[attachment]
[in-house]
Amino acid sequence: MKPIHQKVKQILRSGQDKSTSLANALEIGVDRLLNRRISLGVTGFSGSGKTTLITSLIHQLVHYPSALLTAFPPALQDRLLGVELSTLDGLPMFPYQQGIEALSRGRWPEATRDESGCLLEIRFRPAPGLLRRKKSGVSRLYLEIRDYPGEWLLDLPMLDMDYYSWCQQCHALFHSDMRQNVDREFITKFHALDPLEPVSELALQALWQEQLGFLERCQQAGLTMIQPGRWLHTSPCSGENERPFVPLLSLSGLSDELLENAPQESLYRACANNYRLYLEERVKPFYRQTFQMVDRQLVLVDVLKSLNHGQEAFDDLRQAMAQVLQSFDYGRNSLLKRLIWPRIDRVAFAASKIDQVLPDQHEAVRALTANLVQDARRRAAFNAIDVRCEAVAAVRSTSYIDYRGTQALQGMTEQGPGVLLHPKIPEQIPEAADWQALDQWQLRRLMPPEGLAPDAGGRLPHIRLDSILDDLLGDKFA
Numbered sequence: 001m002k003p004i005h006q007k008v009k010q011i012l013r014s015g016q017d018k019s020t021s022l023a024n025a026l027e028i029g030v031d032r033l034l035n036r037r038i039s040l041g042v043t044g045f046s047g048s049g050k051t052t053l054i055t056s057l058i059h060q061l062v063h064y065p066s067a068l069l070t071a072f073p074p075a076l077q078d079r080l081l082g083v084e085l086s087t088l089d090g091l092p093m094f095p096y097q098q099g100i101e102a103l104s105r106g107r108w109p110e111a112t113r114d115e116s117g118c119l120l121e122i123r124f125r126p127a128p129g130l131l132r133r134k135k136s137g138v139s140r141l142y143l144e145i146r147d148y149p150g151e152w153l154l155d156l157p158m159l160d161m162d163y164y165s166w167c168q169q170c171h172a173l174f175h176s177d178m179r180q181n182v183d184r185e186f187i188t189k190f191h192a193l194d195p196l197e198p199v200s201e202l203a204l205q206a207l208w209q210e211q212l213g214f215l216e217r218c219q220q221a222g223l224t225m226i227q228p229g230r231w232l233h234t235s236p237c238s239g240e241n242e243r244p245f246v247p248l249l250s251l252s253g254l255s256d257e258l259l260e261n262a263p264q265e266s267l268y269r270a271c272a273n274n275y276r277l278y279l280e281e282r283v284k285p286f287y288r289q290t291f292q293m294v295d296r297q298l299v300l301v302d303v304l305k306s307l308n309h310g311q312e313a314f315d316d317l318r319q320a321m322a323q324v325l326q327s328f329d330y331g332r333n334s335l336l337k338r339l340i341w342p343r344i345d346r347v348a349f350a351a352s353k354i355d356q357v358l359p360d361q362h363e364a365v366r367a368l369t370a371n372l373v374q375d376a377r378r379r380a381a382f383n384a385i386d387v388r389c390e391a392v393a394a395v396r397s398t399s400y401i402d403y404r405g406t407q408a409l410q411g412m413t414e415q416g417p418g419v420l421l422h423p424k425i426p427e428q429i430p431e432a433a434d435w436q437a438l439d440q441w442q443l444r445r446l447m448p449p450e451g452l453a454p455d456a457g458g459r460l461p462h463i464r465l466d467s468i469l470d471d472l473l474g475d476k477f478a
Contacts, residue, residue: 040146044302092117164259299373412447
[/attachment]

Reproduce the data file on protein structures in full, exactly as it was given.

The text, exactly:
[in-house]
Amino acid sequence: MKPIHQKVKQILRSGQDKSTSLANALEIGVDRLLNRRISLGVTGFSGSGKTTLITSLIHQLVHYPSALLTAFPPALQDRLLGVELSTLDGLPMFPYQQGIEALSRGRWPEATRDESGCLLEIRFRPAPGLLRRKKSGVSRLYLEIRDYPGEWLLDLPMLDMDYYSWCQQCHALFHSDMRQNVDREFITKFHALDPLEPVSELALQALWQEQLGFLERCQQAGLTMIQPGRWLHTSPCSGENERPFVPLLSLSGLSDELLENAPQESLYRACANNYRLYLEERVKPFYRQTFQMVDRQLVLVDVLKSLNHGQEAFDDLRQAMAQVLQSFDYGRNSLLKRLIWPRIDRVAFAASKIDQVLPDQHEAVRALTANLVQDARRRAAFNAIDVRCEAVAAVRSTSYIDYRGTQALQGMTEQGPGVLLHPKIPEQIPEAADWQALDQWQLRRLMPPEGLAPDAGGRLPHIRLDSILDDLLGDKFA
Numbered sequence: 001m002k003p004i005h006q007k008v009k010q011i012l013r014s015g016q017d018k019s020t021s022l023a024n025a026l027e028i029g030v031d032r033l034l035n036r037r038i039s040l041g042v043t044g045f046s047g048s049g050k051t052t053l054i055t056s057l058i059h060q061l062v063h064y065p066s067a068l069l070t071a072f073p074p075a076l077q078d079r080l081l082g083v084e085l086s087t088l089d090g091l092p093m094f095p096y097q098q099g100i101e102a103l104s105r106g107r108w109p110e111a112t113r114d115e116s117g118c119l120l121e122i123r124f125r126p127a128p129g130l131l132r133r134k135k136s137g138v139s140r141l142y143l144e145i146r147d148y149p150g151e152w153l154l155d156l157p158m159l160d161m162d163y164y165s166w167c168q169q170c171h172a173l174f175h176s177d178m179r180q181n182v183d184r185e186f187i188t189k190f191h192a193l194d195p196l197e198p199v200s201e202l203a204l205q206a207l208w209q210e211q212l213g214f215l216e217r218c219q220q221a222g223l224t225m226i227q228p229g230r231w232l233h234t235s236p237c238s239g240e241n242e243r244p245f246v247p248l249l250s251l252s253g254l255s256d257e258l259l260e261n262a263p264q265e266s267l268y269r270a271c272a273n274n275y276r277l278y279l280e281e282r283v284k285p286f287y288r289q290t291f292q293m294v295d296r297q298l299v300l301v302d303v304l305k306s307l308n309h310g311q312e313a314f315d316d317l318r319q320a321m322a323q324v325l326q327s328f329d330y331g332r333n334s335l336l337k338r339l340i341w342p343r344i345d346r347v348a349f350a351a352s353k354i355d356q357v358l359p360d361q362h363e364a365v366r367a368l369t370a371n372l373v374q375d376a377r378r379r380a381a382f383n384a385i386d387v388r389c390e391a392v393a394a395v396r397s398t399s400y401i402d403y404r405g406t407q408a409l410q411g412m413t414e415q416g417p418g419v420l421l422h423p424k425i426p427e428q429i430p431e432a433a434d435w436q437a438l439d440q441w442q443l444r445r446l447m448p449p450e451g452l453a454p455d456a457g458g459r460l461p462h463i464r465l466d467s468i469l470d471d472l473l474g475d476k477f478a
Contacts, residue, residue: 040146044302092117164259299373412447